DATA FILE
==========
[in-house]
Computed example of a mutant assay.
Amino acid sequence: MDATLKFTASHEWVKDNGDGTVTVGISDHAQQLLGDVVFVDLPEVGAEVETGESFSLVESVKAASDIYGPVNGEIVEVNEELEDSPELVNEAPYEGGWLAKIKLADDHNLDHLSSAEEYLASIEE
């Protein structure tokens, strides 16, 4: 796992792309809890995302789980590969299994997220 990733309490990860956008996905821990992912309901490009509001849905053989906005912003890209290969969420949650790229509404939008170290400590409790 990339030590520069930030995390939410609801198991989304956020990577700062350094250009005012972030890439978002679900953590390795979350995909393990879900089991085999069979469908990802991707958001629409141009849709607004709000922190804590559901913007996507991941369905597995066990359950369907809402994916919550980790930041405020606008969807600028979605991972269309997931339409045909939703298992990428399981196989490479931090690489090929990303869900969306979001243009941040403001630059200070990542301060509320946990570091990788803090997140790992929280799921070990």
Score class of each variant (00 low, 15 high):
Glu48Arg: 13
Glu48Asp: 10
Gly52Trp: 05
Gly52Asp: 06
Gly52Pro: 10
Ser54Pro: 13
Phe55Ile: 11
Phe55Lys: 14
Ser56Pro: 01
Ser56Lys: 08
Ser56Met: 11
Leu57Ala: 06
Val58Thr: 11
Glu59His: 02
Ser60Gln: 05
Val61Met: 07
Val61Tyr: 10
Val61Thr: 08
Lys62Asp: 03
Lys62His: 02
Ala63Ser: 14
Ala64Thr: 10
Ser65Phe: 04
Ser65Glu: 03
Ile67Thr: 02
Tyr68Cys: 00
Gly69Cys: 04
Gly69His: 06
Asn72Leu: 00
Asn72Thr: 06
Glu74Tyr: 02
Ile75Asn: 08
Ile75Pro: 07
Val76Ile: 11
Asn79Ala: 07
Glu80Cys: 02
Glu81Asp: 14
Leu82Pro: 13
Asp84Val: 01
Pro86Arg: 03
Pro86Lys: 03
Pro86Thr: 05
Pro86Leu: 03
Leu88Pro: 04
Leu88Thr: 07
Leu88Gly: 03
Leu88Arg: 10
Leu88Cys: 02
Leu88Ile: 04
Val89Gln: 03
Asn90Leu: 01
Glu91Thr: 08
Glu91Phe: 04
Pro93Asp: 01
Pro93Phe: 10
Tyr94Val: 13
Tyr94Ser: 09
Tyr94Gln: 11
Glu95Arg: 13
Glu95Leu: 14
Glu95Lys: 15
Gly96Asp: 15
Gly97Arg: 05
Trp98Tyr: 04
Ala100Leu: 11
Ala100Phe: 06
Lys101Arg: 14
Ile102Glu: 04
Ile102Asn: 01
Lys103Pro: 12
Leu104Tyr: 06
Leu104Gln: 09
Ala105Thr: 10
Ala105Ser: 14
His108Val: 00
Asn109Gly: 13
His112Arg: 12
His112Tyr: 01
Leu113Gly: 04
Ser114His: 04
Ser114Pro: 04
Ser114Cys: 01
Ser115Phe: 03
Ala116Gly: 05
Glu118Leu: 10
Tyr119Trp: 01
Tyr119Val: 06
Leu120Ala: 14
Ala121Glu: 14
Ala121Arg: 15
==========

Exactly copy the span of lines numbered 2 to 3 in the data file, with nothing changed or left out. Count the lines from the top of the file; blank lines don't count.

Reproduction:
Computed example of a mutant assay.
Amino acid sequence: MDATLKFTASHEWVKDNGDGTVTVGISDHAQQLLGDVVFVDLPEVGAEVETGESFSLVESVKAASDIYGPVNGEIVEVNEELEDSPELVNEAPYEGGWLAKIKLADDHNLDHLSSAEEYLASIEE